The meetings have been extremely insightful for me, and it’s a real privilege to hear all that the Lord is doing around the world, which seems a lot smaller when we’re all joined together despite the different cultures and languages represented. I’m excited for tonight’s meetings as the VP’s will each share with the board about what is happening in their particular areas. (Hope to share more later).
Of course, we don’t only talk of all the successes, but the challenges as well. As we were reminded in a session on Master Planning this morning, conflict and misunderstanding are the result of differing assumptions; so communication is vital for clarity. Also, mission points us in the right direction while vision motivates and inspires. Just a couple of nuggets from today. 🙂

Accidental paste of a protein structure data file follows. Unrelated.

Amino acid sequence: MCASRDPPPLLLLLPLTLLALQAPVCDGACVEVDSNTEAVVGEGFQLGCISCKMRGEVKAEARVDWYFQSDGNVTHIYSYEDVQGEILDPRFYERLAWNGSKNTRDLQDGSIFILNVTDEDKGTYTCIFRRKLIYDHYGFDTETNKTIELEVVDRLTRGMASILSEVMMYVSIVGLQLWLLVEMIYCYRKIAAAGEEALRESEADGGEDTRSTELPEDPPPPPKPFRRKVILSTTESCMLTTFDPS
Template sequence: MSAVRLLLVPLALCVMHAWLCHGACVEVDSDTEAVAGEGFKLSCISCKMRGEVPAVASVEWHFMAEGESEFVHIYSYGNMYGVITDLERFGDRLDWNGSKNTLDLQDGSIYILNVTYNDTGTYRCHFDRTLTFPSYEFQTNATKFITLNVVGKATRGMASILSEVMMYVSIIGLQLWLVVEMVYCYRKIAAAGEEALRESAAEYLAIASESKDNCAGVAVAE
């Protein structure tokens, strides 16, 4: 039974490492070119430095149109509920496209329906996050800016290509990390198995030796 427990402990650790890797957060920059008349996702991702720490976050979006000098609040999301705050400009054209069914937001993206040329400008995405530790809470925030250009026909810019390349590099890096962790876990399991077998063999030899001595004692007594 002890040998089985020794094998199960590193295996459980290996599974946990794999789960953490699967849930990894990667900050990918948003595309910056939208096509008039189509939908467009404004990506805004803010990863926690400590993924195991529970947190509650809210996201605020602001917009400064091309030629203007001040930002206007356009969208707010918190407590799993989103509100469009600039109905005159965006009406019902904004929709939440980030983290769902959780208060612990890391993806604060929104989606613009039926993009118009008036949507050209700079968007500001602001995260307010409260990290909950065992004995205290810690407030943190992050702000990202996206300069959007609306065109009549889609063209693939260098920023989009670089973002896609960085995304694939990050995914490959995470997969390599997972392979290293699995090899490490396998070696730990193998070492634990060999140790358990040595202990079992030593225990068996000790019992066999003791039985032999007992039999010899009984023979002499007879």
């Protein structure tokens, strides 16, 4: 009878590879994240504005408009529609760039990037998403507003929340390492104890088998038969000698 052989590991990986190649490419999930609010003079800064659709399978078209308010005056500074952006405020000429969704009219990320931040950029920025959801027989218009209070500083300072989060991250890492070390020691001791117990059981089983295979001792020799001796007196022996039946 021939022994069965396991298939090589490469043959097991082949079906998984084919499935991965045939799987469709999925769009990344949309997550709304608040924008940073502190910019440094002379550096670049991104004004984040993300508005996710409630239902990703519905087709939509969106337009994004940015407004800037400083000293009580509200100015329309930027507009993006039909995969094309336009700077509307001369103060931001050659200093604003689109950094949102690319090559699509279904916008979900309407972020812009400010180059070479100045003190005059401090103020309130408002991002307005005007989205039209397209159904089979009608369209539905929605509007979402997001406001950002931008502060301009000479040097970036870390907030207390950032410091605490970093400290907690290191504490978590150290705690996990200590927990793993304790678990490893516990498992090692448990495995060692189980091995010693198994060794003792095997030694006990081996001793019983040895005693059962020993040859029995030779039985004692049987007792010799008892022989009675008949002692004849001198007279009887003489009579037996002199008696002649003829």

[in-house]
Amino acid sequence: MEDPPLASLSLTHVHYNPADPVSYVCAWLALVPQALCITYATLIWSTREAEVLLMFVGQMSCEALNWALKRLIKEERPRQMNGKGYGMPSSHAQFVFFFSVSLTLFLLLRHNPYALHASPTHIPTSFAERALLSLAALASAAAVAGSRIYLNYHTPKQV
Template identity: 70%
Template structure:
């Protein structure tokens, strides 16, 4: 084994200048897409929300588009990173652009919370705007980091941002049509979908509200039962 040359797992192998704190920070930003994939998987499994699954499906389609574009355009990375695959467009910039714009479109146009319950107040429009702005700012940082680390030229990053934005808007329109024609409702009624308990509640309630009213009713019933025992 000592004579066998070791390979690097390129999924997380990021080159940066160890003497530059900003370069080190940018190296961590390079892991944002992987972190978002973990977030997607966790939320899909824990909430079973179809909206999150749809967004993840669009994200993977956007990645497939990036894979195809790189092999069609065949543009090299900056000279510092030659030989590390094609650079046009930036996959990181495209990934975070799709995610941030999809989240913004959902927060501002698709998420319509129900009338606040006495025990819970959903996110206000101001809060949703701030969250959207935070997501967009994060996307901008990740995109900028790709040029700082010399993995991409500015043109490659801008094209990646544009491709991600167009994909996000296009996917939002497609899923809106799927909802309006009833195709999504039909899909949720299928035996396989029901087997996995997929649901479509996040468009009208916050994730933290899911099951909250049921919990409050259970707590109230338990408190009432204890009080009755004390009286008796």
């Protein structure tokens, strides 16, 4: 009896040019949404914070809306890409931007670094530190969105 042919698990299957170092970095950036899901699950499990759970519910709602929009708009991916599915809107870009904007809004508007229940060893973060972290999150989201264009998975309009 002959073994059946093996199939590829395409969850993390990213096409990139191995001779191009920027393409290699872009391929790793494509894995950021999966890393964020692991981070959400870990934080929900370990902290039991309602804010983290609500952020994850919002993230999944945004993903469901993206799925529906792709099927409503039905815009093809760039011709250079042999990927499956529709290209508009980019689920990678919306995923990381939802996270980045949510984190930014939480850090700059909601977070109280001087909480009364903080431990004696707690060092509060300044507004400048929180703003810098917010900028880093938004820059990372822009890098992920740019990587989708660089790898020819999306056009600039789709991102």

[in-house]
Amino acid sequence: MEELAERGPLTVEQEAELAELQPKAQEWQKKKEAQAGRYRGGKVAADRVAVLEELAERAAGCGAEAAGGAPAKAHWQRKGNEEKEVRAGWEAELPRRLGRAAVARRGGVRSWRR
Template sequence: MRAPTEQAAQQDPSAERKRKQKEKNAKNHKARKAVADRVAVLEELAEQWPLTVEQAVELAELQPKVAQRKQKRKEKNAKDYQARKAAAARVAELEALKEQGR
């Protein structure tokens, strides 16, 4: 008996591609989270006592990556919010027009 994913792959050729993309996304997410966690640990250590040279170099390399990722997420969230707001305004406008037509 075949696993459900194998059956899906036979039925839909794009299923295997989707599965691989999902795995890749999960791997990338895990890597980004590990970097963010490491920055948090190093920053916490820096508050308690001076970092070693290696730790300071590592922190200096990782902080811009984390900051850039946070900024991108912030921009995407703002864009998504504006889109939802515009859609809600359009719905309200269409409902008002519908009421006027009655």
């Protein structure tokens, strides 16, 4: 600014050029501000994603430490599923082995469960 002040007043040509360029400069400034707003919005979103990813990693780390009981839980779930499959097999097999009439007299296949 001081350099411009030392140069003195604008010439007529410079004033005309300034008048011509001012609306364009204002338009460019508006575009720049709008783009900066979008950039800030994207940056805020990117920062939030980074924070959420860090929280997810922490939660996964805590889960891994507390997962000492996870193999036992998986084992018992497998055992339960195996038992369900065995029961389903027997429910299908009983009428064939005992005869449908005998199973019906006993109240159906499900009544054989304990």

Tom Reviewing Master Planning
We would all appreciate your prayers as these final two days are the longest. Thank you!
“The moment they saw Him they worshiped Him. Some, though, held back, not sure about worship, about risking themselves totally.” (Matt 28:17)
In light of the Easter season upon us, I’ve been reading the accounts of both Jesus’ death and resurrection. Jesus has risen from the dead, presented Himself to Mary and several other women, and now the 11 disciples see Him face-to-face, and the above statement is how the Message records their response.
Of course, we know that wasn’t the end of the story and that Jesus’ death was intentional, prophetic, and even powerful as it served as the required sacrifice needed to cover the payment for sin, once and for all, to restore us back to Him. That His resurrection brought the power to bring life into what is dead.